Safeguard your bank’s foreclosed properties

by Dirk Hanket, P&C Product Manager

Once a bank forecloses on a property, the usual objective is to sell the property as quickly as possible. There is greater exposure to loss on a foreclosed property than a bank occupied property. Be vigilant in your responsibility to foreclosed properties that are in your possession. During the time that the property is part of the bank’s real estate owned portfolio, there are actionable steps a bank can take to protect foreclosed properties.

Secure and maintain the property
Upon taking possession of the property, a bank’s first step is to properly secure the property. As vacant properties are prime targets for theft and vandalism, take the following recommended precautions:

  • Re-key all locks.
  • Padlock all gates that provide access to the property.
  • Thoroughly clean the property’s interior and clear the exterior of any debris. Complete necessary repairs and perform ongoing maintenance, such as grass cutting, snow removal, etc.
  • Place interior and exterior lights on timers to give the appearance of occupancy.
  • Keep drapes and blinds closed.
  • Ensure smoke detectors are present and functioning. Replace batteries or maintain the power supply in case they are connected to the electrical system.
  • Be sure a commercial property’s sprinkler system is in working order.
  • Properly vet contractors hired to maintain foreclosed properties. Request a certificate of insurance that lists (1) adequate general liability limits (ideally equal to the bank’s limits) and (2) the bank as an additional insured on the GL policy.



Winterization can prevent damage
In most U.S. climate zones, it’s important to prepare properties for cold weather to prevent freeze damage, especially if vacant throughout the winter months. Frozen water lines and plumbing fixtures can cause severe and costly damage if they burst.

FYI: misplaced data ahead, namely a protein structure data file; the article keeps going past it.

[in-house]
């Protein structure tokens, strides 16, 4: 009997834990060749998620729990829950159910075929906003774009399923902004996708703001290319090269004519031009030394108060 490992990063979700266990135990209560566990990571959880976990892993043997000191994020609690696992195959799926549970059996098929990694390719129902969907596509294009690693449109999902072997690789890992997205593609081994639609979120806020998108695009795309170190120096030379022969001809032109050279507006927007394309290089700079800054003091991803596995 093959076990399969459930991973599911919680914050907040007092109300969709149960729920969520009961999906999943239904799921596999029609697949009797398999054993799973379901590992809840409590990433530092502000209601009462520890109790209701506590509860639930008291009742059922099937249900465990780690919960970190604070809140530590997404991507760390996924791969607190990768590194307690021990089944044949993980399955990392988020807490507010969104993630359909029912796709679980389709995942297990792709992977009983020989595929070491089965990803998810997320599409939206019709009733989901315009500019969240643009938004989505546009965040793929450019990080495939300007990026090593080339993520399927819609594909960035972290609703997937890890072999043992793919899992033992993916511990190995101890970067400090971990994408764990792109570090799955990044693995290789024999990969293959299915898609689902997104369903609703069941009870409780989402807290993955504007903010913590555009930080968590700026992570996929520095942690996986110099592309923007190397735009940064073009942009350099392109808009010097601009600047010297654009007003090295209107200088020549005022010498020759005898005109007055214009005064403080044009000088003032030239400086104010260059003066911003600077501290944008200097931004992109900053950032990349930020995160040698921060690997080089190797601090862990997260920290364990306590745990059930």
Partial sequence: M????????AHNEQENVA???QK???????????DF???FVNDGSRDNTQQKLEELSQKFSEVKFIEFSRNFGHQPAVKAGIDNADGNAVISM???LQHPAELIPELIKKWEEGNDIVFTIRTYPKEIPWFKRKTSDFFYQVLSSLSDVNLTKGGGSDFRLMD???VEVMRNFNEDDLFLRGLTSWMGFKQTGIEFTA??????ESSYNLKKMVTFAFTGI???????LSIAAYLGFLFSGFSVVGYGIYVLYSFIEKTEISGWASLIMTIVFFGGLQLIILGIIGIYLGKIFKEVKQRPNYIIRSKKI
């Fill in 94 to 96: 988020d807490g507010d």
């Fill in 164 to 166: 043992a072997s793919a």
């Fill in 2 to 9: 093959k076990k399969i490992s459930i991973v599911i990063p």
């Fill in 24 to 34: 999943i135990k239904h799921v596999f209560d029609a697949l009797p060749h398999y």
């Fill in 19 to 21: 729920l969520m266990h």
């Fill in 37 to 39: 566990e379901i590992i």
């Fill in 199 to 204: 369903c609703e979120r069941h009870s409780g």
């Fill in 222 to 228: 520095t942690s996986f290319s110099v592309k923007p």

• Completely turn off water at the main supply point.
  • Open all faucets; drain all water lines.
  • Drain toilets, water heaters and expansion tanks. Before draining the water heater or expansion tank, REMEMBER TO SHUT OFF THE GAS OR ELECTRIC SUPPLY.
  • Set thermostats to adequate levels to keep inside temperatures above freezing and to keep things dry.
  • Prevent evaporation of the water in a toilet’s trap by raising the toilet lid and seat, and covering the bowl with plastic wrap. It’s also a good idea to add antifreeze to all sink drains, traps and toilets. Water evaporation may cause noxious and/or volatile sewer gases, such as methane, carbon dioxide, sulfur dioxide or nitrous oxide, to waft into the sealed property, thereby setting up a potential flammable or even explosive situation.
  • Lessen the chance of burst pipes by properly insulating them, such as with polyethylene, neoprene foam or fiberglass wrap.

A winterization may need to be reversed in order to perform sales inspections, repairs, or if a real estate agent requests it during mild weather to improve a home’s marketability. In these cases, utilities may need to be turned on or functioning, and water restored to the plumbing system with the entire system flushed of any antifreeze. Once the task is completed, and if the weather is still cold/freezing, be sure to re-winterize the property.

Be a good neighbor
Depending upon the situation and the area, it may be prudent to notify neighbors that a property is not occupied and provide a contact name and number in case they become aware of issues involving the property. While a bank should regularly check a vacant property, neighbors may be the first to notice suspicious activity, unclaimed packages/mail, newspaper delivery, etc., that require immediate attention.

Contact the local police and fire departments and alert them of vacant residences to help prevent theft and vandalism. Squatters look for vacant buildings for temporary residence while burglars see them as perfect opportunities to steal valuable metal, such as copper and/or steel tubing, appliances and other items. In one extreme example, thieves in Milwaukee tried to run off with a stolen furnace. Oftentimes though, there’s little risk of being caught. Police will know to monitor the property for the presence of thieves or squatters, and regularly patrol areas when requested. Notifying the fire department alerts them of any potential situations if there ever is a fire or explosion on the property.

Dirk Hanket is ABA Insurance Services’ P&C Product Manager. For information about force placed/foreclosed property coverage or our full suite of Property & Casualty insurance, Dirk can be reached at 800-274-5222 or